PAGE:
Incredible 8 Miles-long ‘Sistine Chapel of the Ancients’ cave paintings discovered in remote Amazon forest

Tens of thousands of preserved cave paintings were found spread on a giant rock in a historical discovery in Colombia’s Amazon rainforest.

Named the “Sistine Chapel of the Ancients,” the monumental discovery has changed the world of archeology.

The paintings are believed to be 12,500 old. They are fine in detail and include handprints and depictions of Ice Age megafauna like the mastodon, a relative of the mammoth, large ground sloths, and beautiful Ice Age horses.

The finding was made at Chiribiquete National Park in the south of Colombia last year but has been kept a secret because it was used as a film set for a documentary called Jungle Mystery: Lost Kingdoms of the Amazon.

Archeologists might be in a hurry to spend as much time as they can to study the paintings before the news causes a major influx of tourists to the site, as well as potential looters and artifact hunters.

They believe the art could be the doing of Paleolithic hunters who crossed the Bering land bridge into the Americas from Siberia.

The discovery was made by a Colombian-British team and was headed by archeology professor Jose Iriarte from the Exeter University, who spoke about the incredible power of tens of thousands of paintings, some of which are so detailed one can see individual hairs on the animals’ tails.

“When you’re there, your emotions flow… We’re talking about several tens of thousands of paintings. It’s going to take generations to record them … Every turn you do, it’s a new wall of paintings,” professor Iriarte told The Guardian.

To make things even more mysterious, the paintings actually cover almost every inch even way up the cliff where they were only seen properly when the archeologist flew up the camera drones.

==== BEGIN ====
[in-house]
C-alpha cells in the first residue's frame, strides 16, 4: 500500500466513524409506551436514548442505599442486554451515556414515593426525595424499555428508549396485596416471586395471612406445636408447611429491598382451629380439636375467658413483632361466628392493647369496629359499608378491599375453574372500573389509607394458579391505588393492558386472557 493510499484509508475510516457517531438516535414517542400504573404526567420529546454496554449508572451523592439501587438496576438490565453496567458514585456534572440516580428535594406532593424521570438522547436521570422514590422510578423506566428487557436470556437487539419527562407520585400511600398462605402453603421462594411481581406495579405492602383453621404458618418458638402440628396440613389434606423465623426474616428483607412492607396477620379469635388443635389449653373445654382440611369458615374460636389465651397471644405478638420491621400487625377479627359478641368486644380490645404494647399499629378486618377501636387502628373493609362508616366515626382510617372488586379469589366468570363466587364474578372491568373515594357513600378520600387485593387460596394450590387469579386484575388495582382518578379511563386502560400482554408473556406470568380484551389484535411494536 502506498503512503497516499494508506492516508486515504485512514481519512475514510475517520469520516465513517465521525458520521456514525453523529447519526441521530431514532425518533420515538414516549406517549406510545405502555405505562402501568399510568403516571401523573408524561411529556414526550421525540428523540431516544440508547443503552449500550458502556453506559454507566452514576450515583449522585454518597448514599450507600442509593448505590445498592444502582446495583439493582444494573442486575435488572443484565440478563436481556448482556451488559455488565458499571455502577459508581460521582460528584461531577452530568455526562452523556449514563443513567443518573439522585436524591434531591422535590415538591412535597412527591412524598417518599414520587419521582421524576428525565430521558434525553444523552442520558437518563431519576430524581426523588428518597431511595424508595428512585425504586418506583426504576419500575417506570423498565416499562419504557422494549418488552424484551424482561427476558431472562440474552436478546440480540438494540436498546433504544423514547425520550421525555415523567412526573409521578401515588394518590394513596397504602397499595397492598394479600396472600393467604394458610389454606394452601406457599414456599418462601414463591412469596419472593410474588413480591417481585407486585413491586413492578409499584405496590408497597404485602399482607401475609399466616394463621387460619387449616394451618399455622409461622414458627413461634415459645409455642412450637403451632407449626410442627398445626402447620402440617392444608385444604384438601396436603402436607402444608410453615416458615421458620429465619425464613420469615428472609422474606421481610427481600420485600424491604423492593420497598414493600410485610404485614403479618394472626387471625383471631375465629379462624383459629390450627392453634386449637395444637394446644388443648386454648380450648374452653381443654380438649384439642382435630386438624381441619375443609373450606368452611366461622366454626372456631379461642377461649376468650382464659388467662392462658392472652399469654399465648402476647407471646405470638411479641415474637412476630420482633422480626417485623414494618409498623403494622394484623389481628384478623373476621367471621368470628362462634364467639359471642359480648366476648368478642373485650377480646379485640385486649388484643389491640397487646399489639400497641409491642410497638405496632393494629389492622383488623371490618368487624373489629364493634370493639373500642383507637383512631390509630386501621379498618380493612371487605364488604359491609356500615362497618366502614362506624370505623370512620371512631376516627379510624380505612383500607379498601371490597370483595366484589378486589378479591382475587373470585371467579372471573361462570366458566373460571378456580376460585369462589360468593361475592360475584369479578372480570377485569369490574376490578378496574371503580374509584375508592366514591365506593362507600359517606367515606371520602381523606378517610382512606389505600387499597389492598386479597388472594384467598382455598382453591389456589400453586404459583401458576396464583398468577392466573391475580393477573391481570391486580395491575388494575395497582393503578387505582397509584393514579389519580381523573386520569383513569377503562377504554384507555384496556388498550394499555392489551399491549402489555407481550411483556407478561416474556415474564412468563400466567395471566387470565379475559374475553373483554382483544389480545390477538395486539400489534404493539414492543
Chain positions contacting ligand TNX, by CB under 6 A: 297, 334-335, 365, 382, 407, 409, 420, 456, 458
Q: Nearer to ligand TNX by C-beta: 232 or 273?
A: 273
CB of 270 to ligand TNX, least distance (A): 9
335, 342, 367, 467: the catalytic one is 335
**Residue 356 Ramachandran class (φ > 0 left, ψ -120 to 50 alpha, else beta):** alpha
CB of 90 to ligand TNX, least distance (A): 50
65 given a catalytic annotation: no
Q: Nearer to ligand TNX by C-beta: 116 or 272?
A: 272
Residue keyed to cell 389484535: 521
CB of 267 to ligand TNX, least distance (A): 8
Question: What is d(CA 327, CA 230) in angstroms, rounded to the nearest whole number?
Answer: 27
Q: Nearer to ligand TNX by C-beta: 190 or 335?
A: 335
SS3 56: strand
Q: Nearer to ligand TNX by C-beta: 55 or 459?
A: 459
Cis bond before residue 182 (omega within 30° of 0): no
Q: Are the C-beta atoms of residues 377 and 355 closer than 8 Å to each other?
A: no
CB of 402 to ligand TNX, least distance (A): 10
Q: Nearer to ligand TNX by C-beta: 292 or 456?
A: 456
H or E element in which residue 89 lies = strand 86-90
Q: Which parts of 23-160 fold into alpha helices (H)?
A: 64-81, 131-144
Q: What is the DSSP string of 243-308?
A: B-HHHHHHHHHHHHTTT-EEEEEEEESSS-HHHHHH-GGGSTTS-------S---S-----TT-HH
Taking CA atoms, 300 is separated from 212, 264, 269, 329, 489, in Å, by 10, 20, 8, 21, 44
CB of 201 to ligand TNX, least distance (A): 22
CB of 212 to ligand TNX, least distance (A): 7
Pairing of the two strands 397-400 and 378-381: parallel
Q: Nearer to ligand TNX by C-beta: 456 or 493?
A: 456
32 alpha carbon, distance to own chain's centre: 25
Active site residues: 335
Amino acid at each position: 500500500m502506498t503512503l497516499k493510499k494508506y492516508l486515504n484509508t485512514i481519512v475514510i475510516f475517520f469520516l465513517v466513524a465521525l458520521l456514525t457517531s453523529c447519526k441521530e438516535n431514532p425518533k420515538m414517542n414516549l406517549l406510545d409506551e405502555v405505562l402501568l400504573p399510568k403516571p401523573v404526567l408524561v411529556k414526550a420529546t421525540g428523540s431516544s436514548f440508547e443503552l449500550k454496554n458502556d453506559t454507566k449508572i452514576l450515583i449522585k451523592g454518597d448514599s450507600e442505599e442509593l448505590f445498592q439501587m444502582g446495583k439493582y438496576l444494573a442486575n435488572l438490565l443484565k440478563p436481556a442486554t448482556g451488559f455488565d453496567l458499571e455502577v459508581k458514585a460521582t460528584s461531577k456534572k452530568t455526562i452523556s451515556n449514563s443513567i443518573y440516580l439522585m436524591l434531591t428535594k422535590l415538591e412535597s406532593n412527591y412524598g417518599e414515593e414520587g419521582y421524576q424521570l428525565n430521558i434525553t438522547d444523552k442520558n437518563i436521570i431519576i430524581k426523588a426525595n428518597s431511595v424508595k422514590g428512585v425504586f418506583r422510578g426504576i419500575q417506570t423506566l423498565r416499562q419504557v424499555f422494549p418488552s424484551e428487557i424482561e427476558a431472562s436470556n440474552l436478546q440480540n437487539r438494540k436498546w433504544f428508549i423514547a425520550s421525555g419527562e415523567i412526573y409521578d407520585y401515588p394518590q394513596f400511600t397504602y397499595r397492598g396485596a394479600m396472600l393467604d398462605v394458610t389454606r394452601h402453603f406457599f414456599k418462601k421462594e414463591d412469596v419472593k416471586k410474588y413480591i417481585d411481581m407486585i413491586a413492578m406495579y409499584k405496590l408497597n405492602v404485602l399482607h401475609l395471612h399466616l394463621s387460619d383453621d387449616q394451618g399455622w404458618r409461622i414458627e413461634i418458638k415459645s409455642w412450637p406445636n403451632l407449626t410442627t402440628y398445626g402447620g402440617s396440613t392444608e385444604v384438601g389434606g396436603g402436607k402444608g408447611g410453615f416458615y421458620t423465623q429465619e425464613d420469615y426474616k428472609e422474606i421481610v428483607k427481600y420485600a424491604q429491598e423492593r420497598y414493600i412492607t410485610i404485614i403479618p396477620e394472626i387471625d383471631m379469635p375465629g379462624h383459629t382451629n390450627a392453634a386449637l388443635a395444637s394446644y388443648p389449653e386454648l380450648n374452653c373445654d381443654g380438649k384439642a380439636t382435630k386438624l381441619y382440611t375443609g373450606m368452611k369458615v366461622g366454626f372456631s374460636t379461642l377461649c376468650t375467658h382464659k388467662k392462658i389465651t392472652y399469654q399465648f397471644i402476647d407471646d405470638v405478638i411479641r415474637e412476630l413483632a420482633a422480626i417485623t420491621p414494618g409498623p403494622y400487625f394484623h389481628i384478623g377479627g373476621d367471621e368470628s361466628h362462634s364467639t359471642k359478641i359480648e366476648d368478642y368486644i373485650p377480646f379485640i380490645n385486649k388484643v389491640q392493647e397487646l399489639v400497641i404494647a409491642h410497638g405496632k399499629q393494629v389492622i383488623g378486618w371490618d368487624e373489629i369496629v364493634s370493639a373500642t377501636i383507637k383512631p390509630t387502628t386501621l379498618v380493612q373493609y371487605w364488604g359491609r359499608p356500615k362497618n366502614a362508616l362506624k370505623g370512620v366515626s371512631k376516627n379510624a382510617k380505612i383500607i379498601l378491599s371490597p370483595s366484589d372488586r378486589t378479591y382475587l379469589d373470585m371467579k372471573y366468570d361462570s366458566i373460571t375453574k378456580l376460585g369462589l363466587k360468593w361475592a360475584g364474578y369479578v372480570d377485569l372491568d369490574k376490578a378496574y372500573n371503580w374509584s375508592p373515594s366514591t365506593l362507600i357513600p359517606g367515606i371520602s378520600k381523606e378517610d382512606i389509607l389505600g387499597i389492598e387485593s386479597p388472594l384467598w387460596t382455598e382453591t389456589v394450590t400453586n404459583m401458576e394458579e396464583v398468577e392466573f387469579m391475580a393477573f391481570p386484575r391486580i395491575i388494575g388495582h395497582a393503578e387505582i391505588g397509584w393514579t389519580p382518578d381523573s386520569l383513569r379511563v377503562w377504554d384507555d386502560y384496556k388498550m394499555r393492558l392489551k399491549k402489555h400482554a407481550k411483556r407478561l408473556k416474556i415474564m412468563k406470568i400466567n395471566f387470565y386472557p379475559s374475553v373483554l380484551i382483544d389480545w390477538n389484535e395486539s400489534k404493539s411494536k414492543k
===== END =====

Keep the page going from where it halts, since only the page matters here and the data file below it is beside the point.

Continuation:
“I’m 5ft 10in and I would be breaking my neck looking up. How were they scaling those walls?” said Ella Al-Shamahi, a Paleo-archaeologist who will present the Jungle Mystery film.

In addition to all kinds of animals, masked figures of dancing people are also part of the paintings.

Image: Marie-Claire Thomas/Wild Blue Media

Trees and hallucination-inducing plants can also be seen, which was no surprise to Iriarte who said:

“For Amazonian people, non-humans like animals and plants have souls, and they communicate and engage with people in cooperative or hostile ways through the rituals and shamanic practices that we see depicted in the rock art.”

Image: GIPRI Colombia/YouTube

The area of Chiribiquete was previously controlled by FARC, an anti-government paramilitary organization.

They recently signed a truce with Bogota, which could be why it has taken a long time to discover the paintings.

As reported by the Guardian, Al-Shamahi said that

“when we entered FARC territory, it was exactly as a few of us have been screaming about for a long time. Exploration is not over. Scientific discovery is not over but the big discoveries now are going to be found in places that are disputed or hostile.”

Image: GIPRI Colombia/YouTube

The archeologists will return to search the surroundings for more interesting findings as soon as the pandemic situation permits it.

See AFP’s report on the story by clicking below.

What are your thoughts on these incredible findings? Let us know by joining the conversation in the comments and please share this article if you’ve enjoyed it.

This website uses cookies to improve your experience. We'll assume you're ok with this, but you can opt-out if you wish. Accept Read More

buy metronidazole online